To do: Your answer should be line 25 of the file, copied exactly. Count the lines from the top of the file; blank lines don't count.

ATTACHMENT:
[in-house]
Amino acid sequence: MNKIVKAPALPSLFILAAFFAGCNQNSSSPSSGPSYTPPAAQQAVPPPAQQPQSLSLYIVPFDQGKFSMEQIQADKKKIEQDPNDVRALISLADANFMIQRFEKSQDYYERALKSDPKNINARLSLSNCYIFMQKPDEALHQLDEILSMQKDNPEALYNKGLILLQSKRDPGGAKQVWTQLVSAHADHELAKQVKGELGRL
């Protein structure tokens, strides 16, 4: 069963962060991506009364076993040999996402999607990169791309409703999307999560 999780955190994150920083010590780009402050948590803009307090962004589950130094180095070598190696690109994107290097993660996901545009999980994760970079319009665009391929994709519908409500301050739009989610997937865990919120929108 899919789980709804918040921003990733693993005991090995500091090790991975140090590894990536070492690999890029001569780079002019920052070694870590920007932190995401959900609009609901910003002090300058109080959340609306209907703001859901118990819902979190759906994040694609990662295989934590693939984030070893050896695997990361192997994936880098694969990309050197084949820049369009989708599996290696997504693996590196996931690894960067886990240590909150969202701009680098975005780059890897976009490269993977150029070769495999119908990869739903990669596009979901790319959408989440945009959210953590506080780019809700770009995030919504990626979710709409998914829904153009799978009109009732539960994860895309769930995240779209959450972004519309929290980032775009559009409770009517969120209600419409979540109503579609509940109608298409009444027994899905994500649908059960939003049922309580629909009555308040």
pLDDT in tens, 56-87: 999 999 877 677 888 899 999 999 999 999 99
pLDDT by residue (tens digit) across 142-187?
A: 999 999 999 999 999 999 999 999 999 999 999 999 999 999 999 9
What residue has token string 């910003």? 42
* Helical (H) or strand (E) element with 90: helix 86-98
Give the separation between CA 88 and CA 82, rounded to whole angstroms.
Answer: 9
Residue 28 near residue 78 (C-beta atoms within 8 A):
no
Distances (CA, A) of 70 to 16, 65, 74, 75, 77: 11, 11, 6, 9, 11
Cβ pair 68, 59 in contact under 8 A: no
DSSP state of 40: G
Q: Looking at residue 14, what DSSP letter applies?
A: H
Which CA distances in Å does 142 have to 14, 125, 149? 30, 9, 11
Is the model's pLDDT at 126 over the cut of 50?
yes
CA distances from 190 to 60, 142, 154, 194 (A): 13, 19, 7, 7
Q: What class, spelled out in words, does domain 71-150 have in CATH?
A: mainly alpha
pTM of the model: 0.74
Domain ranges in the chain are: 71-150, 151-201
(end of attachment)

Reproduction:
Domain ranges in the chain are: 71-150, 151-201